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Set A File Association in Windows
by Robert Moskowitz
One of the nicest features in Windows is that you don't have to start an application to access your data. You can simply open the data file you want, and through the magic of file association in Windows, the computer causes your application to start up automatically.
But which application will start?
The computer doesn't understand your data, or know what application you want to use. It simply goes by a list of "file associations" that you give it. For example, your electronic spreadsheet data files are associated with your number crunching program. Your word processing files are associated with whatever word processor you use. Your data files are associated with your favorite database manager. And your text files are associated with your text editor, which may also be the same as your word processor.
This association is dependent on the "suffix" of your data file. Whether or not you see it, each data file has a three or four letter suffix at the end of its name. Typically, files have the form "name of file.xxx". The ".xxx" is where the suffix would be, and your computer uses this suffix to determine what application file you want to be associated with that data file. ".doc" typically has an association with word processing, ".txt" typically has an association with text editor, ".db" is one of the suffixes that typically have an association with database, and ".xls" is one of the suffixes that typically have an association with electronic spreadsheet.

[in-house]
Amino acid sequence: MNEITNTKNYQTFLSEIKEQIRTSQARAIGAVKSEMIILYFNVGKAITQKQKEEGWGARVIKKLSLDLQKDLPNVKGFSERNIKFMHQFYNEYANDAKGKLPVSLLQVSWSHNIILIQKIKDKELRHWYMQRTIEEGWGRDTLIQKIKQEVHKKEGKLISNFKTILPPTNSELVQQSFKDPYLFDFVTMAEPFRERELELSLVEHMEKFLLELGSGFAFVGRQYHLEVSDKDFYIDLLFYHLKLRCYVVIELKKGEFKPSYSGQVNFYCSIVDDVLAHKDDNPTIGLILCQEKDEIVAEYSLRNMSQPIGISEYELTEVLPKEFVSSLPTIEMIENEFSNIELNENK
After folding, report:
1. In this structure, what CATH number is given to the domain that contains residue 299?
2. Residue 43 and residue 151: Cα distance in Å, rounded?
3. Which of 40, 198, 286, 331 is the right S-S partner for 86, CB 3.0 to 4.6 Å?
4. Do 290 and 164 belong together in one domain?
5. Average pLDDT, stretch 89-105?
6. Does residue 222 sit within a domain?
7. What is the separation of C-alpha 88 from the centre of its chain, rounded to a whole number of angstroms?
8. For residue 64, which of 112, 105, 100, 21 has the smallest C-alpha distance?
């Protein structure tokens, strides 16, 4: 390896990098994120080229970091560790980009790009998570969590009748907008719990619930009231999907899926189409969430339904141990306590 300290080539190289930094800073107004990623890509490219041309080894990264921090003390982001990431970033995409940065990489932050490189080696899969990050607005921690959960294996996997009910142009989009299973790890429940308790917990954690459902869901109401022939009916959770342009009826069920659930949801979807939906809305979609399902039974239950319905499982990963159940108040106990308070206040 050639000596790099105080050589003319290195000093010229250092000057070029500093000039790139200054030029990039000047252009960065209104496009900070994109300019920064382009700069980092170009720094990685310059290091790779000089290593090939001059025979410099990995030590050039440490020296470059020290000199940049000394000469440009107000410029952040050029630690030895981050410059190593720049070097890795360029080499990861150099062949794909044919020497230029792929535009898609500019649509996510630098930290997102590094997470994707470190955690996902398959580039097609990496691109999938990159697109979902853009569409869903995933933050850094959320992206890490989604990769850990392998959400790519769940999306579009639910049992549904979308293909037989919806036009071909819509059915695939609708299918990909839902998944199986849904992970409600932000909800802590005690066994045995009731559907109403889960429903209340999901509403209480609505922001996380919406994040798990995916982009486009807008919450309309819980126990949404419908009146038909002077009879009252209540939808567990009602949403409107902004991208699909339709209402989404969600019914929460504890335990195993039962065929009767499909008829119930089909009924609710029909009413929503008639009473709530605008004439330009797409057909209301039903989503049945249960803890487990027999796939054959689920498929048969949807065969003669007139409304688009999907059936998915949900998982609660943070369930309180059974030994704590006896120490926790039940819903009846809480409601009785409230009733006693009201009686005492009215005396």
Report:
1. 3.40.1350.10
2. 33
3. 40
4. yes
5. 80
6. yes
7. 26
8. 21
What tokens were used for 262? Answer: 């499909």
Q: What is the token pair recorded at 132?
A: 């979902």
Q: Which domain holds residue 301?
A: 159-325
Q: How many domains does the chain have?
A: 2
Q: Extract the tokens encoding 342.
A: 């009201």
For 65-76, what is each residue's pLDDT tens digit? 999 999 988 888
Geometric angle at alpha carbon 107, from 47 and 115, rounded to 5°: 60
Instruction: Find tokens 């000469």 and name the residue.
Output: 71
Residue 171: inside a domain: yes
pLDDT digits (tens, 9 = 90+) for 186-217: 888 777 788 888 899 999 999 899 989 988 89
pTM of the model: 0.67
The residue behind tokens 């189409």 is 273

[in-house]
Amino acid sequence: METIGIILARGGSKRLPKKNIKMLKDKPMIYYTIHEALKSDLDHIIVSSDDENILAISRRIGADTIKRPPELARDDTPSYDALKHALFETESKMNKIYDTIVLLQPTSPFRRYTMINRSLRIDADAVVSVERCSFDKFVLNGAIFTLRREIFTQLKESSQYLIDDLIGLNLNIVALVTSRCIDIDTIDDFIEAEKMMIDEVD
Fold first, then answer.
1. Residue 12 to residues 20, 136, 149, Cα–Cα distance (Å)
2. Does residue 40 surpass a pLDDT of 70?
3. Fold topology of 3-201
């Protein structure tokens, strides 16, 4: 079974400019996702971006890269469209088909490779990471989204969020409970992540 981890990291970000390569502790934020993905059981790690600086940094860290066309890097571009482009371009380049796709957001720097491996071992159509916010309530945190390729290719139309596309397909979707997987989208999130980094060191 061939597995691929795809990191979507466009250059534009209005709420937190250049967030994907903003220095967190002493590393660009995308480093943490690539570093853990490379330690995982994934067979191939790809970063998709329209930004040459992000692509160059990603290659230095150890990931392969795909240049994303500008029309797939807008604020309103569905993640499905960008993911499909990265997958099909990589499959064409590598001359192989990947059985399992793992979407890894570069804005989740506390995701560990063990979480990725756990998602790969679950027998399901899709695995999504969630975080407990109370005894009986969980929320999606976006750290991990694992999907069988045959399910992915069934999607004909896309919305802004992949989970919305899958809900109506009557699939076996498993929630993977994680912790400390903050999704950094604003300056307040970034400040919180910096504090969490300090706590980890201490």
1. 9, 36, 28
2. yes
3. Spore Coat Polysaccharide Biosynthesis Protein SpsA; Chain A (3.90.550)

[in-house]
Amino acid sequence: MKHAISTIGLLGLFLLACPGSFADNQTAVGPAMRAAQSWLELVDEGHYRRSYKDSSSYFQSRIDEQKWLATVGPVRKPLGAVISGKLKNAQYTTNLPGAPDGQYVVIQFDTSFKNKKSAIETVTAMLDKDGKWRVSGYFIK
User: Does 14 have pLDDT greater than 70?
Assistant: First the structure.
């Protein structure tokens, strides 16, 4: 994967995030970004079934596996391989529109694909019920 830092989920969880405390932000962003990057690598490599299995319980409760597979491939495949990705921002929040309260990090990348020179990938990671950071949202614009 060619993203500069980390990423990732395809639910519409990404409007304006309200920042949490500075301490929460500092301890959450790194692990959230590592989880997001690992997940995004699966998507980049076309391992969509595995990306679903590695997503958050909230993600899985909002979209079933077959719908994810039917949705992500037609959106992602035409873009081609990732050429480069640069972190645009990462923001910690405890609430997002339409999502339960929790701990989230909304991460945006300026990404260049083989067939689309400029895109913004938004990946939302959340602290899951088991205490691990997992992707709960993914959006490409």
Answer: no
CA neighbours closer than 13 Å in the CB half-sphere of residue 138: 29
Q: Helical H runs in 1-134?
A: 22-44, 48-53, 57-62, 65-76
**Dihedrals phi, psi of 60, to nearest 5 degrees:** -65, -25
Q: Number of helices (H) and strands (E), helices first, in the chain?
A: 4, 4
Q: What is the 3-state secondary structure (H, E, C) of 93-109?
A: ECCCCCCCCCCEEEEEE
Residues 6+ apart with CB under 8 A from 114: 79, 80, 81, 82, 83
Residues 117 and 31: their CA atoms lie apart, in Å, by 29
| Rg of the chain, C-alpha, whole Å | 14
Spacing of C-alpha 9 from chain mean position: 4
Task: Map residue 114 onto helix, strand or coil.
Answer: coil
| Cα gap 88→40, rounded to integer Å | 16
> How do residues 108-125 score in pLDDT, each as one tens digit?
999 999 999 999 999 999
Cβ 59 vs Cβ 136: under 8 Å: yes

There are literally thousands of different types of files in your computer, and they all have specific suffixes. So to have your computer open a data file using the correct application, these associations must be set accurately. Mostly, these associations are taken care of without your attention. But when they get out of whack, or if you suddenly want to use a different application with certain types of data files, here are two ways you can set a file association to your liking:
Use your file management program (typically Explore) to right-click on the data file you want to open. Select "open with" and when the window pops open, scroll to the application program you want to associate with that type of data file. If you want to keep this association from now on, put a checkmark next to the "always use this application" option. Click "OK" and you're done.
Or you can open the Control Panel and select "Folders". Under the "File Types" tab you can scroll to the suffix you're trying to associate, and when you get there, hit the "Change" button next to "opens with". If the suffix isn't listed, you can hit the "New" button to add it, then continue with the "Change" button to set a new file association.
Two other tips:
1) If you don't have a favorite file management program, right-click on the "Start" button and select "Explore". This opens a special program that lets you look at all the files stored in your computer and open, move, copy, rename, or delete them.
2) If you can't see the suffixes at the end of your file names, open the Control Panel and select "Folders". Under the "View" tab scroll down and make sure there is no check in the box next to ""Hide extensions for known file types". Then click "OK".
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